I pulled up my video camera, turned on the lights, shot less then a minute of video, turned around and headed back. I turned off the lights on the fly and let the camera float behind me again. About this time I noticed it was quite a bit darker then when I started. The sun above must be going down. I looked again at my air. I only had a little more then 1000psi left. I started chastising my self… “Rick, you idiot, on a normal dive I would be heading toward the mooring line to go up and start my safety stop by now. Here I was as far away from the wreck as possible, with a lower amount of air and it was getting dark. As I continued swimming it was starting to get hard to follow the cable in the dim light. I pulled up my camera again and used the spotting light to keep an eye on the line. “Boy, am I stupid.” I kept thinking.  Back past the fish net I was at 800 psi. I already resigned myself to the thought that I was going to come up short of the charter boat. How far away will depend on how long I can follow the cable back while my air supply lasts. At around 550 psi I lost the cable!  Remembering that it dropped under the sand for a portion of the dive earlier I tried to keep swimming in the same direction while scanning the bottom with my light. After quite a swim and constantly watching my air, I spotted the cable already on top of the sand and curving back in front of me. Now I was down to 300 psi. I knew it was still quite a swim but I had to start going up. I quickly checked my computer again to confirm I didn’t have any deco obligations and started up. Doing a slow ascent in the dark without a line is difficult enough. But add in keeping a constant eye on your air supply, dumping air from both my B.C. and dry suit not to mention juggling the spotting light on my video camera to watch everything, I had my hands full. I stopped at 20 feet for a few moments then suddenly I was out of air! It’s not a good feeling. I slowly breathed out the air I had left as I continued my (actually still pic04purposely slow) ascent. I tried the regulator again and got another breath. I dumped air from my B.C. and drysuit, continuing upward, slowly breathing out and then broke the surface. “Boy was this stupid” were my first thoughts. I looked around at a beautiful sunset and spotted the boat. I was only about 150 feet away. I could see Captain Jerry leaning on the rail. I reached my arm over my head to signal I was OK. He looked at me and squinted so I tried to repeat the signal. He quietly said, “Are you OK?” I laughed. Sound travels so far on the water that I heard every word perfectly on this calm evening. As I slowly swam back to the boat, I started to contemplate whether I should tell anyone how stupid I was or not. Jerry asked, “Did you make it to the end?” “Yes”, I replied. “I took some video of it for proof, but I sure didn’t make it all the way back to the boat.” He was amazed that I made it that far. I climbed into the boat and changed my clothes. I had a slight headache which I attribute to CO2 built up in my system from the constant swimming, but I otherwise felt fine. I didn’t say anything much about the dive that evening but the more I thought about it the more I figured maybe someone could learn from this. So here it is and it will be out on the internet when the web site goes up. Moral of the story: never sacrifice or abandon safe diving practices for any mission. There is always another dive. As a post script note, the next day, as I downloaded my dive computer onto my laptop and found out as I came to the surface I did bend my computer! I remember checking it before I started up but I was mostly concentrating on the air and depth as I ascended. I must have picked up and violated a small amount of deco time someplace and the computer timed me out for the next 36 hours. I learned another lesson the hard way from this dive and will not let my future dive objectives get in the way of safe diving again.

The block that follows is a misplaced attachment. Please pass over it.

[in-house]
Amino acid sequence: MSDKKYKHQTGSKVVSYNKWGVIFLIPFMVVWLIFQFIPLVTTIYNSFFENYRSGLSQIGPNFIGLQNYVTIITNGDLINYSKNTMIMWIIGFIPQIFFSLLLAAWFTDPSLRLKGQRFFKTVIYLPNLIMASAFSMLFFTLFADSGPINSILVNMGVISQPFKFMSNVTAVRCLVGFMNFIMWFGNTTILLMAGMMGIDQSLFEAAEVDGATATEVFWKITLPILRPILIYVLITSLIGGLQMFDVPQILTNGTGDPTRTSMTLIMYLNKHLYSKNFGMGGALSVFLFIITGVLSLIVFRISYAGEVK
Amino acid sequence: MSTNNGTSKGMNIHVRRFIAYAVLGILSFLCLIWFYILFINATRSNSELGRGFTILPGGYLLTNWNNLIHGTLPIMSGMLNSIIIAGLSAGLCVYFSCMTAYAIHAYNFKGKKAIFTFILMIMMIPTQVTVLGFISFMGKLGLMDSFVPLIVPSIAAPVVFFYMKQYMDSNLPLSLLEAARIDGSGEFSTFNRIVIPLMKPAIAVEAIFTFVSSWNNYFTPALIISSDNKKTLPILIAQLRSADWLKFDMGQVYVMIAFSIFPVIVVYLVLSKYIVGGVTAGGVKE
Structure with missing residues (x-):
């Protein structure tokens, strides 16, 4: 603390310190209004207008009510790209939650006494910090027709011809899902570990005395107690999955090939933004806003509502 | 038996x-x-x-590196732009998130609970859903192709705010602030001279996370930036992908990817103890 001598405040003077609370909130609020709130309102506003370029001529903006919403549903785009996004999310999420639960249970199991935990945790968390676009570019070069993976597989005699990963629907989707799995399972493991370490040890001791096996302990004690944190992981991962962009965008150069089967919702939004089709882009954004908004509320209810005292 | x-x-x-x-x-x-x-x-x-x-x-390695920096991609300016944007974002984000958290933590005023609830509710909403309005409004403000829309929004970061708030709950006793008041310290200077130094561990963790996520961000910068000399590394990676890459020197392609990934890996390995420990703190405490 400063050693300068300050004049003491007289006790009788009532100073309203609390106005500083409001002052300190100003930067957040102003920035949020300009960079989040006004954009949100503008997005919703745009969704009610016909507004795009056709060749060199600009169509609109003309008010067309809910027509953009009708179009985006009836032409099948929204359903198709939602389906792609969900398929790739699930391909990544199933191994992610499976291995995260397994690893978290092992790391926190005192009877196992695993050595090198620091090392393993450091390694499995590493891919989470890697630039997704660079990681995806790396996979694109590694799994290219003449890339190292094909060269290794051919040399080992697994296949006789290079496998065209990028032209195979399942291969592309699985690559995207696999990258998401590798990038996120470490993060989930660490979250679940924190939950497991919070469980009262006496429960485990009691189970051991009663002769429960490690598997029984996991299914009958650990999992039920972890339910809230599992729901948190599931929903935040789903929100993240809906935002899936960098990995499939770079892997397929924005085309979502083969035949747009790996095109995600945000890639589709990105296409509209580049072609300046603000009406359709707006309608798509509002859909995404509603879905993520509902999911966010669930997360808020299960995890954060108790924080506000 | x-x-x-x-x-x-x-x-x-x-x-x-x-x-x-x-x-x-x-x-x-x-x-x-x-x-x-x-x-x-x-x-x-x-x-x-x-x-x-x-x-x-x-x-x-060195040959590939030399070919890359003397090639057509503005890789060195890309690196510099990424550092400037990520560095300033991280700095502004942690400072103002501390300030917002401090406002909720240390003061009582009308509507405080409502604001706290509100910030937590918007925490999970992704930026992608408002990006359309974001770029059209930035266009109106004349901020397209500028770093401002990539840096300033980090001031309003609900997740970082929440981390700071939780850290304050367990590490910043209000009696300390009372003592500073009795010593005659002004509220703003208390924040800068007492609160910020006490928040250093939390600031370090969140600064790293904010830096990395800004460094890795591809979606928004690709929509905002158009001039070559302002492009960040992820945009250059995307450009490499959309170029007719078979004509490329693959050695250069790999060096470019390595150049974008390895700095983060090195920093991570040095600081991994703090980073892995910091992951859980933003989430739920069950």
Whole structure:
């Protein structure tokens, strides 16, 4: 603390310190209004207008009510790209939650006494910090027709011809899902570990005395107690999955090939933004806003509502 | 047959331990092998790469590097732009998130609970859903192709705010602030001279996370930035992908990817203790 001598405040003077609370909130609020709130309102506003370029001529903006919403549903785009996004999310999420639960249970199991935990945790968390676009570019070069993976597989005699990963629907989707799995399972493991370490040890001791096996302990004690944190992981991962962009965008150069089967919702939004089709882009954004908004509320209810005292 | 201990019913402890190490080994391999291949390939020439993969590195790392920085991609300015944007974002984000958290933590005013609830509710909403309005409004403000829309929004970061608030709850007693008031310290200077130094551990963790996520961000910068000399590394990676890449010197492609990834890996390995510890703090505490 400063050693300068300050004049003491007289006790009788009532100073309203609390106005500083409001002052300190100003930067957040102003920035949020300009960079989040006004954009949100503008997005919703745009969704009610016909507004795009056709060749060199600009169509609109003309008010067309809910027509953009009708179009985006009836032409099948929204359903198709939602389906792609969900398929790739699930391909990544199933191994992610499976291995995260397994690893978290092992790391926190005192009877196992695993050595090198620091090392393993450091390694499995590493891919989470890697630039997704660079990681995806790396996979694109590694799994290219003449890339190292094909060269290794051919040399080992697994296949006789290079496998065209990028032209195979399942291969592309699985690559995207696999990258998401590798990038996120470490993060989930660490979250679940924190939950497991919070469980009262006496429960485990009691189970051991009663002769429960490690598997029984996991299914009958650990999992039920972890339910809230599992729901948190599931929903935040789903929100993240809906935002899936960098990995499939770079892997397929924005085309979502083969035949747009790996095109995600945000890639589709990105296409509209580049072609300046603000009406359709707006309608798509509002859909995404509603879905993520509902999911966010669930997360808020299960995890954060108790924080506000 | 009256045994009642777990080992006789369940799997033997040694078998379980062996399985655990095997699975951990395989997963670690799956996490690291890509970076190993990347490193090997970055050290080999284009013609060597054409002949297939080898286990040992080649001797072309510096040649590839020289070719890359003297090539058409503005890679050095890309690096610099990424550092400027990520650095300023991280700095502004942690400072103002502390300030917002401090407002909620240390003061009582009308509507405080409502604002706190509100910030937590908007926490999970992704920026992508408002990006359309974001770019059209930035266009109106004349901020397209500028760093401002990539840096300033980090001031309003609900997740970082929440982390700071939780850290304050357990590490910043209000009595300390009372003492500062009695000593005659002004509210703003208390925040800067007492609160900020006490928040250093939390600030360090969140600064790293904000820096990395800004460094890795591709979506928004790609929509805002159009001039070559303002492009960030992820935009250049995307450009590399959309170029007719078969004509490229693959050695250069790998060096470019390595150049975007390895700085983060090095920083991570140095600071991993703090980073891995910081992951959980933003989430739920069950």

I’ll be seeing you shortly,
   Your Eldest Son ~~~